It was a busy weekend for me and Josef. He was in-charge of trimming the carabao grass while I re-potted, transferred and planted some bulbs and flowering plants in our small garden. It was a tedious job but all worth it. IMG_3694My Crossandra plants need to be transferred to pots because they are growing everywhere. They produce orange blooms all year round and  they are so easy to grow because they are self-propagating.


These are my Rain Lilies newly planted as ground cover, some of them I planted in small pots near the shade. IMG_0060When in bloom, they look like this. Actually, they bloom after the rain, that’s probably where they got their names. This pink one is called  Zyphyranthes Rosea.  They need full sun though to grow well.

I also transferred my Amazon Lily into four pots. The funny thing is I need to break the original pot in order to  re-pot the bulbs since they are closely clustered.



The dark green paddle-shaped leaves of the Amazon Lily are attractive on their own. Time and again, I’ve blogged about its  sweet-scented and velvety snow-white blooms.  It produces  flowers at least three times a year.

And yes, this is another surprise, I saw a pot of my orange lily breaking into a bud and probably in a few days, it would open its arms to the world.


I also planted another bulb plant in two small pots. It’s the red onion variety which is locally planted and sold in our home province in Pangasinan. Locally, we call  it lasuna and it is best used in vegetable salads and our famous vegetable recipe called pinakbet.


And the highlight of course is seeing our two jackfruit trees  bearing clustered fruits. I am thinking of cooking ginataang langka in a few days.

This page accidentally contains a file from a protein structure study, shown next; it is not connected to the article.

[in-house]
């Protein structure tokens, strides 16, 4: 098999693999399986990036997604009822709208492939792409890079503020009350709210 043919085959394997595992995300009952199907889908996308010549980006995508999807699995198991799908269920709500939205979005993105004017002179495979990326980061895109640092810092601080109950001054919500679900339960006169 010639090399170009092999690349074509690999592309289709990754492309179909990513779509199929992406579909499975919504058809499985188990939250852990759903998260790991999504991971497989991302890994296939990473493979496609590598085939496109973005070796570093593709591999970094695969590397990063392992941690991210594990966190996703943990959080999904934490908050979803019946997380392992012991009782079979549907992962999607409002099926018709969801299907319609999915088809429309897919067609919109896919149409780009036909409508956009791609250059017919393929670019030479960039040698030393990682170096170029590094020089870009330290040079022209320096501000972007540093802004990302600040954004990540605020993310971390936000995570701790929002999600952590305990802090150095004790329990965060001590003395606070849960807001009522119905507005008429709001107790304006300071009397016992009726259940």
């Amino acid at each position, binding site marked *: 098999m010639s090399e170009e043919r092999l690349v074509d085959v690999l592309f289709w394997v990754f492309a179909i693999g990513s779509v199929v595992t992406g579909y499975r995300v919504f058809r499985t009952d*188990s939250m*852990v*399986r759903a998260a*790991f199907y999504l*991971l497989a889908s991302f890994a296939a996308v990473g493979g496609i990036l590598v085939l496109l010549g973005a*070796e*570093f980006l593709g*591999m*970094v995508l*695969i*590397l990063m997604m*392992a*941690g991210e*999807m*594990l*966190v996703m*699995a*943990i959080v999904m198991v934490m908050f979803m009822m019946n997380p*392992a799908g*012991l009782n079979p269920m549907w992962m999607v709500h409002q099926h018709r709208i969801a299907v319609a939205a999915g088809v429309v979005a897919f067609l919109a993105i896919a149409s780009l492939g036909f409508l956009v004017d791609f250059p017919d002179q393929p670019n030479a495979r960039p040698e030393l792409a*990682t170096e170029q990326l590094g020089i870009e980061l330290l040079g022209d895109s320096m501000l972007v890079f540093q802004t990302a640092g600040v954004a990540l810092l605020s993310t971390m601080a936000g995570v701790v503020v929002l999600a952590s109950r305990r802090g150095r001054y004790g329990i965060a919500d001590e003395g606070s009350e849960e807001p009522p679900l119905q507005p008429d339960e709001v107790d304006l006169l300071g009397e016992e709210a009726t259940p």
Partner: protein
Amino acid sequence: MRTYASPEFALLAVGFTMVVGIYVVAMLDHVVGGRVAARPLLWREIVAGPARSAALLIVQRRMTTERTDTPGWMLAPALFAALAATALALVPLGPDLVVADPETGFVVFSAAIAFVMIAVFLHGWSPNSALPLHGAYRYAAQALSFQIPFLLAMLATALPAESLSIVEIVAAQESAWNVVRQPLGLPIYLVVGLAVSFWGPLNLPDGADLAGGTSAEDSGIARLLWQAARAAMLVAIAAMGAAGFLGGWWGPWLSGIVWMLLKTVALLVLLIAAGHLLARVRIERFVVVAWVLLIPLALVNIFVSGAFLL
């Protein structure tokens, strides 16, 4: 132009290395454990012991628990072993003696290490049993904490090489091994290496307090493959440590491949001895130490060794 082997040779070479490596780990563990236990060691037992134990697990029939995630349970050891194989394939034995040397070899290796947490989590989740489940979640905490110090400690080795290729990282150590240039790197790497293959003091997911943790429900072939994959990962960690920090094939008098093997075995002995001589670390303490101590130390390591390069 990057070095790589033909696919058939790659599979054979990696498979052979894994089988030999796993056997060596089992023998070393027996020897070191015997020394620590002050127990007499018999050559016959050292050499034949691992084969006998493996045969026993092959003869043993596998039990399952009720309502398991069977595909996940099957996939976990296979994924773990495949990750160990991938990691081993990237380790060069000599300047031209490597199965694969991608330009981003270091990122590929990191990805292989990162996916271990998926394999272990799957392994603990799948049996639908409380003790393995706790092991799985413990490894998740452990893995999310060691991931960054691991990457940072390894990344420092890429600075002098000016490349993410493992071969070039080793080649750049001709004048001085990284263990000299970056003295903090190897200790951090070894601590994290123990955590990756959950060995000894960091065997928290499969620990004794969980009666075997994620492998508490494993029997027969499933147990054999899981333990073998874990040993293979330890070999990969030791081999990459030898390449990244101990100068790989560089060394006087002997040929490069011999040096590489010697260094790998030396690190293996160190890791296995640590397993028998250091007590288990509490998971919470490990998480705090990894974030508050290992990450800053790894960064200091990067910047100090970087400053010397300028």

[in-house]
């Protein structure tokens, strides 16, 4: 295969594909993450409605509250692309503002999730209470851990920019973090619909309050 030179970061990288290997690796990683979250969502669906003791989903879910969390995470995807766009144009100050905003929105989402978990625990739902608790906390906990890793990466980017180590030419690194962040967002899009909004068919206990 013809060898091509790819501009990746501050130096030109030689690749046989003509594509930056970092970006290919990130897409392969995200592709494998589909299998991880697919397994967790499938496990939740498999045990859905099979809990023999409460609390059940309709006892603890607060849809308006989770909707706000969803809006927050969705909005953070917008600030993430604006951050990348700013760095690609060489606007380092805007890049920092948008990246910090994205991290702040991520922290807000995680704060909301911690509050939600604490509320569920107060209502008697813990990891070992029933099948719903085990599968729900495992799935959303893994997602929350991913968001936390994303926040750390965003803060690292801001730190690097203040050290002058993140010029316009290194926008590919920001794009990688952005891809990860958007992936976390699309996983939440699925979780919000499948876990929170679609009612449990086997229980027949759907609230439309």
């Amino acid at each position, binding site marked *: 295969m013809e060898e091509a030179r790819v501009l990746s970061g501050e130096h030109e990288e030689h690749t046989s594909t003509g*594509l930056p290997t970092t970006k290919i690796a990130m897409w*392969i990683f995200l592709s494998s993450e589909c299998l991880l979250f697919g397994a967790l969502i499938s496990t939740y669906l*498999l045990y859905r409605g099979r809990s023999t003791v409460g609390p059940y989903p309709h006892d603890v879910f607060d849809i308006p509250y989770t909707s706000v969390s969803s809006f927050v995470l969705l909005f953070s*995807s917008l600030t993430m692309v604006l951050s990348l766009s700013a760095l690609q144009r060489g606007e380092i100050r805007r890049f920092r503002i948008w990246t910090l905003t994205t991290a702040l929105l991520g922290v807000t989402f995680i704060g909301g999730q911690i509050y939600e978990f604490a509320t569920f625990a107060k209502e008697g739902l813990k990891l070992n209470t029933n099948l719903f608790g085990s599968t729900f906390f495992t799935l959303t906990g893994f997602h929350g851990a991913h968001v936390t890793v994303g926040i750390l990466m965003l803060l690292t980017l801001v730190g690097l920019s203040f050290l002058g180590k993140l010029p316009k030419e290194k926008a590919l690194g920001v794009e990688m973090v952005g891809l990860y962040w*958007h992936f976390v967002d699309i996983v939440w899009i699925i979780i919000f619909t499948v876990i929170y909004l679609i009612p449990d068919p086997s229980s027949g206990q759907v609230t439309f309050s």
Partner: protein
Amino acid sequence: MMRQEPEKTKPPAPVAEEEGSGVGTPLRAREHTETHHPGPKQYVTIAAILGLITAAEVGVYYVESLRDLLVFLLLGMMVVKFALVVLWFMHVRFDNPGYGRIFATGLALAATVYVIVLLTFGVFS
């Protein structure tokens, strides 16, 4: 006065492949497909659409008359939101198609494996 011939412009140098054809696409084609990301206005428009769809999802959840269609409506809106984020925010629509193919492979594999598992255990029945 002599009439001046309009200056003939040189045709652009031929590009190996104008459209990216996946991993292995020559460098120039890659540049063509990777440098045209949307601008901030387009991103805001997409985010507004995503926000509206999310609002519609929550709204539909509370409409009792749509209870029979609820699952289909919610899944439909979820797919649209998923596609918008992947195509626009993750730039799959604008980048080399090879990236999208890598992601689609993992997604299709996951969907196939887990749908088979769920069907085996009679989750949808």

My only frustration is, I could not trim our Fukien tea plants in perfect round shapes. I would probably need to hire a professional gardener  to do it.

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Our Precious Bundle of Joy

nissa and nate

Taken thirty years apart. Nissa at four months and Nate at two months. They’re like two peas in a pod – mother and son!

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Puto is simply steamed  rice cake which is prepared using a round mold  or muffin cups or several small plastic molds, whichever suits you is okay. There are varied ways to make puto one of which is puto pao –  it’s a puto recipe with filling. I used a puto mix here so it is pretty easy to prepare it.

mini puto pao


200 g White King Puto Mix

1 cup water

1/2 cup sugar

5 tsp. cooking oil

1 can corned beef (I used the Delimondo brand)

Cook corned beef until it is dry. Set aside.

Boil water in a steamer and grease puto molder. Since I used the smallest puto molds, there was no need to grease them since the mixture comes off easily once it’s done.

Combine puto mix and water until well blended. Add sugar gradually and mix. Gradually add cooking oil and continue mixing until smooth.

Pour batter up to 1/4 of the puto molder, add a half teaspoon of corned beef then continue pouring the batter until the molder is 3/4 full. You can put cheese strips before steaming but this is optional and since you are preparing bite-size puto pao, it becomes salty if you put too much cheese so a thin strip will do. Put a clean cloth between the steamer and the cover so water won’t mix with the puto while cooking.

Arrange puto molders inside steamer and steam for about 25 to 30 minutes or until the surface is shiny and bounces back when pressed.

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Here are more quotes from my favorite author, Richard Paul Evans. Some are lifted from his soon to be released book, A Step of Faith.